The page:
Arrowwood Viburnam(Viburnam dentatum) berries are high in energy but low in protein. It is a choice fruit of hungry migrants and quickly replenishes stores of fat needed to sustain long-distance flights.
Rhode Island is very important to migratory songbirds in the fall as a place to rest and refuel before continuing their long journey south. The migration begins at the end of August and goes through the end of October. Of course the dates are not exact; they depend on wind direction, food availability, and many other subtle factors.
When the day length, which is also known as photo-period, starts to get shorter in August the migratory birds begin to get ready for their journey south. A chemical is released in the bird’s brain that causes it to continue to eat and put on the fat necessary for its long flight. This state of constant eating is called hyperphasia.
As the night of migration departure approaches the birds go in to a state of Zugunruhe; in German zug means to pull and unruhe means disquiet. In the bird world it is known as migratory restlessness. They wake up slightly after dark and are extremely active before leaving. In the fall this phenomenon only occurs when there is a north wind, so that the birds will be flying with the wind at their backs.
The migratory birds work their way south resting at various places called stopover sites. Shrubland habitat areas found in coastal Rhode Island are important stopover sites for birds to rest, rehydrate, and refuel. Depending on weather conditions they will stay from one day to two weeks. Migratory birds continue flying from one stopover site to the next until they reach their wintering grounds in the southeastern United States (short distant migrant) or the shores of the Gulf of Mexico (long distant migrant). The long distant migrants then fuel up one last time and fly about 20 hours straight across the gulf to their final destination in Central or South America.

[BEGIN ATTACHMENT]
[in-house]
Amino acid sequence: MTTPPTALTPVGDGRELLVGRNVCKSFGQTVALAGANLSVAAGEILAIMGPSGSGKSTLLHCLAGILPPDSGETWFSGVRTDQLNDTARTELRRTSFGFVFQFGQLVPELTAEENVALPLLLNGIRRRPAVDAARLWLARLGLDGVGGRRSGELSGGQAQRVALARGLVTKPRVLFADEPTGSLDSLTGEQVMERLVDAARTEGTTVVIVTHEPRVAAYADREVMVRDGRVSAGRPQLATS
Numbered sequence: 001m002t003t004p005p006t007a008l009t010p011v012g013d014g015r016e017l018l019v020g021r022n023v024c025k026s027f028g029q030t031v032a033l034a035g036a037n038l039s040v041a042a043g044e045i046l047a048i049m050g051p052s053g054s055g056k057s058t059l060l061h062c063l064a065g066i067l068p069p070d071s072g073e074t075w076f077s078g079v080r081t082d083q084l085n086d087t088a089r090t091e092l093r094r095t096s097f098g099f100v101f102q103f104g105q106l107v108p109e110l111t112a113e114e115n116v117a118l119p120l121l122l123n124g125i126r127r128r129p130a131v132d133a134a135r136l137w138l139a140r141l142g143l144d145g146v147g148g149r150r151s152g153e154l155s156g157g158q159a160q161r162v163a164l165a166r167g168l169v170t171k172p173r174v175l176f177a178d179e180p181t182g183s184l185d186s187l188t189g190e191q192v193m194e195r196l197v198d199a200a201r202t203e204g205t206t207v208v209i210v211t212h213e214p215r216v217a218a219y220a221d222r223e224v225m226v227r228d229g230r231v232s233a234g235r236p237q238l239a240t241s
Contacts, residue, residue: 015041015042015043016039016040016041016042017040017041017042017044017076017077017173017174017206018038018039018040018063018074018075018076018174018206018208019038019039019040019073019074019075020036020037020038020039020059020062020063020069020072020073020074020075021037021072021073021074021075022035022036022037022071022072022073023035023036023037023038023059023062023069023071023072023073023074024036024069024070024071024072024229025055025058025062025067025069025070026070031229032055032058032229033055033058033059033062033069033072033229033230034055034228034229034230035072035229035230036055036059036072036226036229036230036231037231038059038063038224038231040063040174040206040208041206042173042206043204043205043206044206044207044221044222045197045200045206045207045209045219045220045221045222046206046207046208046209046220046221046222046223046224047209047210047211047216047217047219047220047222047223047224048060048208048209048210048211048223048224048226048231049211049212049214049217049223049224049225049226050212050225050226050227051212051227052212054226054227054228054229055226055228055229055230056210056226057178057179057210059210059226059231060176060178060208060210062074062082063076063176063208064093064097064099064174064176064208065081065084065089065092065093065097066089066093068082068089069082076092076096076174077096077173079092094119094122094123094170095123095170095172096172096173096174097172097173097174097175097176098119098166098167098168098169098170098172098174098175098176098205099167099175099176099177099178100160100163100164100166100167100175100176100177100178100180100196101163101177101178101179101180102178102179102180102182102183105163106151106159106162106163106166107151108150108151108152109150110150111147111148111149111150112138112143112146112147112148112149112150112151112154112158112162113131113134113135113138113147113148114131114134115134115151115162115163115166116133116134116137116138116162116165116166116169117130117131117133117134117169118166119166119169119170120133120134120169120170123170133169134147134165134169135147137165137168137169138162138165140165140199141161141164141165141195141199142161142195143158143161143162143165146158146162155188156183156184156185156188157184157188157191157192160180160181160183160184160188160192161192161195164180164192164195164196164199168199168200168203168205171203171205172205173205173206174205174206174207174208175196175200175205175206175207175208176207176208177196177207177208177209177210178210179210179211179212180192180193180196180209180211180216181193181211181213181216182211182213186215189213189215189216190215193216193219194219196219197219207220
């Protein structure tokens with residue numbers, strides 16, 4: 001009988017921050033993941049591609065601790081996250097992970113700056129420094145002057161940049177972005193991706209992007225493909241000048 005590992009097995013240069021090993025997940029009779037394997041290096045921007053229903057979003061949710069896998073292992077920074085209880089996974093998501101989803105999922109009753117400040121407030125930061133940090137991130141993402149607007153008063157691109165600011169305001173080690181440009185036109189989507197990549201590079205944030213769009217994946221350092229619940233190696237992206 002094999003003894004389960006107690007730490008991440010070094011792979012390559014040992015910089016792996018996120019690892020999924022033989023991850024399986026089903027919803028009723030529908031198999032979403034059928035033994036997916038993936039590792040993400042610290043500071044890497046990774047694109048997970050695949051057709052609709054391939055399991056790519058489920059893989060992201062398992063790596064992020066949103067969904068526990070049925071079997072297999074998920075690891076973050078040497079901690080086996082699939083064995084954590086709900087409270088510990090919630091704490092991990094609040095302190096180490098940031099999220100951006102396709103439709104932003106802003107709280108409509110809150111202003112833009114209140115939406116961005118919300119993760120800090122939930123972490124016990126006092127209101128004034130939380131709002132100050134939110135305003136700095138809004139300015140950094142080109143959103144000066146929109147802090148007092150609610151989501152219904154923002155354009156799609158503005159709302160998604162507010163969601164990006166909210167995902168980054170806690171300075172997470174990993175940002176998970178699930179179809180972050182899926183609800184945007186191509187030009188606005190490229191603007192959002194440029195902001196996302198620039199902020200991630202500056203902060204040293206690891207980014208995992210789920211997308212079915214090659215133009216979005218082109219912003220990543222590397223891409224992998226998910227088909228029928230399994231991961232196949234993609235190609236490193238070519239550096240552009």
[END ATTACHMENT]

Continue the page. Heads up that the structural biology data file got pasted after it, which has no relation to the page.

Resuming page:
It is truly amazing that such a small creature makes a journey this long twice a year!
Block Island is a major stopover site off the coast of Rhode Island, especially for inexperienced 'young-of-the-year' birds. Important migratory bird information has been gained from a rich history of bird banding activities here since birds were first banded in the 1960's. Over 150 species of birds have migrated through Block Island on their way south in the fall. Visit a "handful" of these migrant songbirds in the slideshow "A Bird in the Hand...".